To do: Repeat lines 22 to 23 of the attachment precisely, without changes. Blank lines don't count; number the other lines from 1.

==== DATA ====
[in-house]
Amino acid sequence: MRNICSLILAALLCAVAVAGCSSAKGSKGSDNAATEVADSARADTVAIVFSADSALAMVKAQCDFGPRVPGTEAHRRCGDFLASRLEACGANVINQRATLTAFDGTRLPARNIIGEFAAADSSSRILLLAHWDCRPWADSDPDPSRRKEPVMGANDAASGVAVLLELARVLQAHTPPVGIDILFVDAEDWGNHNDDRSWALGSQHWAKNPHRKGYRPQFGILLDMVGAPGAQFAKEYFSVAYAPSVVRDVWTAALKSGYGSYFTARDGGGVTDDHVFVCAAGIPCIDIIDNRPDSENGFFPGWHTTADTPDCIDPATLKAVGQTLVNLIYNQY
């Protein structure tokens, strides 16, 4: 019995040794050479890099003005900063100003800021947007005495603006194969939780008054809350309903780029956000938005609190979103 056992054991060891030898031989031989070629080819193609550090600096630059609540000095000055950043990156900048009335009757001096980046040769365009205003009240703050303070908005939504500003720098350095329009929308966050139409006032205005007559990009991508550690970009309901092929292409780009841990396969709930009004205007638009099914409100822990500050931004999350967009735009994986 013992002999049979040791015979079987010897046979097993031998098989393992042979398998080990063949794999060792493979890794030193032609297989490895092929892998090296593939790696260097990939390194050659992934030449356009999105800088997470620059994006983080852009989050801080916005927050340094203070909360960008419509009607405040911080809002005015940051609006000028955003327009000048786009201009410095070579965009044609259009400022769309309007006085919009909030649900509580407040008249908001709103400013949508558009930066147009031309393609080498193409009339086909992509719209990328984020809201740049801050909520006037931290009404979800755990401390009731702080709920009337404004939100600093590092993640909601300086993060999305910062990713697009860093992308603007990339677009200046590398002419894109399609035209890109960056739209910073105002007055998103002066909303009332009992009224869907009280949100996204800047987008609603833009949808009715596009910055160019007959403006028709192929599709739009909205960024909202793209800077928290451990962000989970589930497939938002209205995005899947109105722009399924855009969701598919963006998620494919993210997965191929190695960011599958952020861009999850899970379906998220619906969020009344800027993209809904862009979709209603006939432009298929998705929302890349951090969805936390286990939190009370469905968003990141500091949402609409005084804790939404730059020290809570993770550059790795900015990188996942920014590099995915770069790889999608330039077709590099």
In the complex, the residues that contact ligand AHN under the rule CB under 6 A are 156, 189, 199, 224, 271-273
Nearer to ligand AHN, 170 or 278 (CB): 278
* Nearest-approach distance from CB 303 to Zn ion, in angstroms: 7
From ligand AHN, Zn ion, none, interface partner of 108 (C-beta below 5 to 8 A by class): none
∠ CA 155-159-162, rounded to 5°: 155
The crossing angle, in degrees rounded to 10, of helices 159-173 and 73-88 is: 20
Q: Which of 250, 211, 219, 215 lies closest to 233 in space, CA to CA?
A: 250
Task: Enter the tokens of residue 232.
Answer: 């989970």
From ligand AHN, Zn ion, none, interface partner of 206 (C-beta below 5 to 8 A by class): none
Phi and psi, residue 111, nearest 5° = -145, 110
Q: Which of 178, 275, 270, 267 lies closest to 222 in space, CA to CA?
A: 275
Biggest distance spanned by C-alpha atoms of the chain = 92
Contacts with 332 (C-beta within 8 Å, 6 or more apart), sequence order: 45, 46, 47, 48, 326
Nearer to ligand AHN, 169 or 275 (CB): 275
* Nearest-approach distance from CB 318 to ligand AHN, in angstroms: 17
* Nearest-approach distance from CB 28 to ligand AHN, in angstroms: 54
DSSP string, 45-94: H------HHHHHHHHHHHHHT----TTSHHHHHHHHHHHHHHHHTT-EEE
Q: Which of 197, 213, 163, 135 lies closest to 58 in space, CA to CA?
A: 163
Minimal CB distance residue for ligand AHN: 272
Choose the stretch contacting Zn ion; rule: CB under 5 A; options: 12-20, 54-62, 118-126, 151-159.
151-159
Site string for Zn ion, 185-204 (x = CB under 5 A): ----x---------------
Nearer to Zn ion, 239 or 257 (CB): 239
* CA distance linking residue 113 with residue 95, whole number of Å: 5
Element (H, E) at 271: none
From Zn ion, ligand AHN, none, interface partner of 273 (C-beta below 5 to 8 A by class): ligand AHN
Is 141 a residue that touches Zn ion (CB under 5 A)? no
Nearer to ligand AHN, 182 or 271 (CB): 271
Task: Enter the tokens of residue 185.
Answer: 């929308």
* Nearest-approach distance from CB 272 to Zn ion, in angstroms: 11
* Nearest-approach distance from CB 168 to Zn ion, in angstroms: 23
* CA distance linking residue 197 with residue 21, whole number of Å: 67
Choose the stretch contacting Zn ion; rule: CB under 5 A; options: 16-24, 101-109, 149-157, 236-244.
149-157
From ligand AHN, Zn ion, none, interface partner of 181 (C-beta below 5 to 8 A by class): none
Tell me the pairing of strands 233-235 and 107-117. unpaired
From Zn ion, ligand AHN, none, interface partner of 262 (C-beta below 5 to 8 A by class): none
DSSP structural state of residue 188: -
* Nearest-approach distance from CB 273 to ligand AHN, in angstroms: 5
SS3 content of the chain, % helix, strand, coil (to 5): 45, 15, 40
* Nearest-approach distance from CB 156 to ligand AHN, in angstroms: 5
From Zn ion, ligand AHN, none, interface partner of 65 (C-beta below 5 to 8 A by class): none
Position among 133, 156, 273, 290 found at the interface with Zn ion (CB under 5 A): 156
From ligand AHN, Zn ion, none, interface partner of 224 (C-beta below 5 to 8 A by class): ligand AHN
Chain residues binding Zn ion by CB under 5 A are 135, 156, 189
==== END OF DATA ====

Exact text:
* Nearest-approach distance from CB 28 to ligand AHN, in angstroms: 54
DSSP string, 45-94: H------HHHHHHHHHHHHHT----TTSHHHHHHHHHHHHHHHHTT-EEE